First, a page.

As the Syrian ceasefire tentatively holds, what’s next for the conflict?

As the Syrian ceasefire tentatively holds, what’s next for the conflict?

An unlikely Syrian ceasefire looks set to beat the odds and hold together until its end next week. Though that would raise hopes that a political solution can be reached, certain obstacles remain.

Having held together for over a week, the Syrian ceasefire has outlasted the expectations of many and buoyed hopes that a long-term political solution could soon be on the cards. The two-week truce, brokered on 27 February between the US, which supports opposition forces, and Russia, which backs President Assad, aims to reduce hostilities, facilitate international aid, and halt the worsening refugee crisis in the region.

Results on these fronts have been mixed; while violence has fallen, vital aid is still not reaching those in need. Meanwhile, any effect on the worsening refugee crisis is unlikely to be felt until a sustained lull in fighting is realized. 

Still, the ceasefire is a positive development. Provided it holds, there is every chance the two sides will agree to extend it. The success of the ceasefire would also provide an encouraging platform for the upcoming UN-brokered talks which start in Geneva on March 9. 

The ceasefire so far

While the ceasefire has produced mixed results, it has reduced the level of violence. Heading into the agreement, few were optimistic. Moscow was intensifying efforts to assist the Syrian forces recapture Aleppo, Syria’s largest city, while Saudi Arabia and Turkey were considering mounting their own military interventions in reply. The mood was belligerent.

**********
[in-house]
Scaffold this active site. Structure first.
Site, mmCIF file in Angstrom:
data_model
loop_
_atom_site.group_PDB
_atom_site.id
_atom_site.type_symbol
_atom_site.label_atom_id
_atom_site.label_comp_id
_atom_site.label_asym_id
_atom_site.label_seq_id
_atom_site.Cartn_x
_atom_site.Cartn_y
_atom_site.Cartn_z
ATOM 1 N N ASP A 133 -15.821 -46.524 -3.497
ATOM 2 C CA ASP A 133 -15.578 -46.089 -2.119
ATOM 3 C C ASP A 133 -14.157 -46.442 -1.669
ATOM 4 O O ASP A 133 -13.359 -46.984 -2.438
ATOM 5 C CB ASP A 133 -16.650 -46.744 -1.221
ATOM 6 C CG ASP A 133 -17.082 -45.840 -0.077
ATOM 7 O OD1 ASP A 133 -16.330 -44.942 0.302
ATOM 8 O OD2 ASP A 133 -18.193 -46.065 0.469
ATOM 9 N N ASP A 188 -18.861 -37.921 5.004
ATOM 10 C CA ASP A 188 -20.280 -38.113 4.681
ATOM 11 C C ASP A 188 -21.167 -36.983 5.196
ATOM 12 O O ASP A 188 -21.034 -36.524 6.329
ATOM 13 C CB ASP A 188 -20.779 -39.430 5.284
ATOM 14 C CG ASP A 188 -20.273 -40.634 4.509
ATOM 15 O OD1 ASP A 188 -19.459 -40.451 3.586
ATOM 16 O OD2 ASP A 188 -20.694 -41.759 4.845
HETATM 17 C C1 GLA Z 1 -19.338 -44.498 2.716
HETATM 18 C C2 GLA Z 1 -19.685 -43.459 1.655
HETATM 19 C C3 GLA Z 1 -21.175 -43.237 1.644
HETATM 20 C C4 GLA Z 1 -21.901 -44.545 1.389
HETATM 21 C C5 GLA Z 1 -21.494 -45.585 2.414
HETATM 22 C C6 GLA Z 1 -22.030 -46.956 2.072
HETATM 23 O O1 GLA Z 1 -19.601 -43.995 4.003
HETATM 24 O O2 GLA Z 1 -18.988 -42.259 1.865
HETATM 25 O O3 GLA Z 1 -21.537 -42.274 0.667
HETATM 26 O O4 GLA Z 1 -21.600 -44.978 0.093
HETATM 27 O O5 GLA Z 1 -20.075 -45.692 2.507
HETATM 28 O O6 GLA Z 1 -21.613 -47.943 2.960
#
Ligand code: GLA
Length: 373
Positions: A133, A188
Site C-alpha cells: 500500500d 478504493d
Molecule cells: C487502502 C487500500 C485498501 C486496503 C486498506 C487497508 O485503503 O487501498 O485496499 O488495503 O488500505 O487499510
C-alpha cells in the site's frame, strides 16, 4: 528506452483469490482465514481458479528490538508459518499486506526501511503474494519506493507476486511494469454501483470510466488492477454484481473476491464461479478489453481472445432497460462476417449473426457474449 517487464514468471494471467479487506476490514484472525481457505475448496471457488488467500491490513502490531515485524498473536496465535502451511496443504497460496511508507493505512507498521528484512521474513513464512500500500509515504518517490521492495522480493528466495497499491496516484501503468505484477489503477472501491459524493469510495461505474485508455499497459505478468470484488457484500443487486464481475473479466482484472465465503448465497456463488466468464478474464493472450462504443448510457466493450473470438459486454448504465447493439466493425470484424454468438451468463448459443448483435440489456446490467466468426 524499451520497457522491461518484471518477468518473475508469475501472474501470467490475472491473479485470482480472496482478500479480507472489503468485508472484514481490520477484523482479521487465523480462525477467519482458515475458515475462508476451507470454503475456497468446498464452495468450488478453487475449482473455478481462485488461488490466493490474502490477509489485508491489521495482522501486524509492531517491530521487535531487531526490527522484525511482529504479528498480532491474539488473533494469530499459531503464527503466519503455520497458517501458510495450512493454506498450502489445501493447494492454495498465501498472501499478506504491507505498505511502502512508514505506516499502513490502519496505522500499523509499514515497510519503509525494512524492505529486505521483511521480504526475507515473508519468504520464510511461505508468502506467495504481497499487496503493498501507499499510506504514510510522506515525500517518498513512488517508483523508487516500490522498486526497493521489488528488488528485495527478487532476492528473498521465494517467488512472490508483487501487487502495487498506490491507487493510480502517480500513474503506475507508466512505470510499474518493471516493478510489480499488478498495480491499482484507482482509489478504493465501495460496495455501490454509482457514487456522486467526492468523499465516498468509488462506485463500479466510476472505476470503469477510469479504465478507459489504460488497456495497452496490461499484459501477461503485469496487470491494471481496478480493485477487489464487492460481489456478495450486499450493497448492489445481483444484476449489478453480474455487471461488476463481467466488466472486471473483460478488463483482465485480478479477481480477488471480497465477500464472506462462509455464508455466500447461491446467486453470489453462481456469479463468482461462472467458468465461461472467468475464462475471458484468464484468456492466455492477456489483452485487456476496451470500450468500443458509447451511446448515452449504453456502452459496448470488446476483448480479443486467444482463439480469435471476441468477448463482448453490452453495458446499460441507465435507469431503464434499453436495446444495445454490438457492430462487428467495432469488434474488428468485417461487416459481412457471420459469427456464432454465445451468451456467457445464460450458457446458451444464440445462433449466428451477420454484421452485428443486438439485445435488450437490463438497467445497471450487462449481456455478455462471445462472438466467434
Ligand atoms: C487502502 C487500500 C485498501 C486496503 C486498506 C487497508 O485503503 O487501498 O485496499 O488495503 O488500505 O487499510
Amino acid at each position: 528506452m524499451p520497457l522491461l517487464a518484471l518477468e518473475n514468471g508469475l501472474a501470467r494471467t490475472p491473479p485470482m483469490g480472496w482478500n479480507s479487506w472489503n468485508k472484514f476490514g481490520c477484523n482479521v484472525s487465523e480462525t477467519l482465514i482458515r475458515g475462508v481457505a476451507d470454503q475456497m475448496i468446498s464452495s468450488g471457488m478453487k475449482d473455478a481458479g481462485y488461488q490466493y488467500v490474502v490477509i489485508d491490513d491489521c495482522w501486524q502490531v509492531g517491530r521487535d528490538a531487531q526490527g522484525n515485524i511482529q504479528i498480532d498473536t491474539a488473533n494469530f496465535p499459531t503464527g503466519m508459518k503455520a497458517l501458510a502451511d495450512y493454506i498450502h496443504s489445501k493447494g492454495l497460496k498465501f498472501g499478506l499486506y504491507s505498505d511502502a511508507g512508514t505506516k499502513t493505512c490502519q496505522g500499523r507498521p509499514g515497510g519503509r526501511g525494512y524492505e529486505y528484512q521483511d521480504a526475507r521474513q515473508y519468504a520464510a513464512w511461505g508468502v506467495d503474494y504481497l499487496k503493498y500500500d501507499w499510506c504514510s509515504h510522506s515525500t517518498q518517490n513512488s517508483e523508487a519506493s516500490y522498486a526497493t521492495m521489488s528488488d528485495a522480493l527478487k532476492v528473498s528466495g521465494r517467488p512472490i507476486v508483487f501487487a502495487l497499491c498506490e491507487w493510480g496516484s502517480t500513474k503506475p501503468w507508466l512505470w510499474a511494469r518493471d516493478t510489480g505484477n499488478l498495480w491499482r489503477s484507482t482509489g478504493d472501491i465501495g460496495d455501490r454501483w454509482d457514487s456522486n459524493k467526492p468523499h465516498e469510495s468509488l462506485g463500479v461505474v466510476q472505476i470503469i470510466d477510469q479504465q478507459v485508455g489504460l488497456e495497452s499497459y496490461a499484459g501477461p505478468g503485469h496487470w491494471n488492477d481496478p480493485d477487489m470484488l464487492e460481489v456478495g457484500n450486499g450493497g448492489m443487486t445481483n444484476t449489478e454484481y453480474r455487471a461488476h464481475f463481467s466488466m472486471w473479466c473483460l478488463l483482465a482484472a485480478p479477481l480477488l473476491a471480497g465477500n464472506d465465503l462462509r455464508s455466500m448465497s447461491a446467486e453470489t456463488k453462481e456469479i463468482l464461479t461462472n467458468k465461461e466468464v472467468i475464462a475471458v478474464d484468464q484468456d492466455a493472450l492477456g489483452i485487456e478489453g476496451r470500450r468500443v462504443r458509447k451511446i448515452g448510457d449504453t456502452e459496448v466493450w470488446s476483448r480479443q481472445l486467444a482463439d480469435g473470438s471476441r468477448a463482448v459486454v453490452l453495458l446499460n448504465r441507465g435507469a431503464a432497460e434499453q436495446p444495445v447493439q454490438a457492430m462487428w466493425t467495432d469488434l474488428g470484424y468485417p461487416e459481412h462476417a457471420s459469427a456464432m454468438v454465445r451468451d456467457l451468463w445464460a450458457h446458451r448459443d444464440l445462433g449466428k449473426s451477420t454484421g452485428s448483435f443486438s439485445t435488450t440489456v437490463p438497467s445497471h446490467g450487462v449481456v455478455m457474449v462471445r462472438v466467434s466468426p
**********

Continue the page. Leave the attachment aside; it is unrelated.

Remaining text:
Against the odds, however, the fighting has stopped and the armistice has broadly held. Late last week, the London-based Syrian Observatory for Human Rights declared that fighting has declined by more than 90% overall. Reuters similarly claimed only 125 people had been killed last week, not including clashes with ISIS and the al-Nusra Front, both of whom remain outside the truce. 

It is a remarkable achievement considering the war has continued largely unabated for nearly five years, killing some 370,000 people and uprooting millions.

Yet even so, the agreement has failed to achieve its humanitarian objectives. As well as reducing hostilities, the pact aims to facilitate the free flow of emergency supplies in hard-to-reach areas. But the UN, which is overseeing the deliveries, says aid is not reaching those in need because of logistical difficulties and problems gaining government approval. Of particular concern is the fate of hundreds of thousands of Syrians at risk of starvation, with sieges, mostly carried out by the government, denying them access to food and medicine. 

The task currently confronting aid groups is huge. The UN estimates 500,000 people continue to live under siege, while a further 4.6 million people live in hard-to-reach areas posing logistical snags. Finally, it remains to be seen whether Assad will heed the agreement by lifting the sieges and putting an end to those measures currently obstructing aid. 

The path forward

Much rides on the week ahead. Indeed, regardless of whether the ceasefire holds, peace talks are set to resume in Geneva on 9 March, having been called off last month due to an increase in Russian airstrikes.

The talks will see participants discuss ways of implementing Security Council Resolution 2254. Passed late last year, the resolution is central to President Obama’s policy on Syria and calls for a long-term ceasefire, humanitarian access, elections, and a new constitution as a roadmap for ending the war. Importantly, it makes no mention of Assad’s political future, though Washington is hoping Moscow can convince Assad to step down eventually.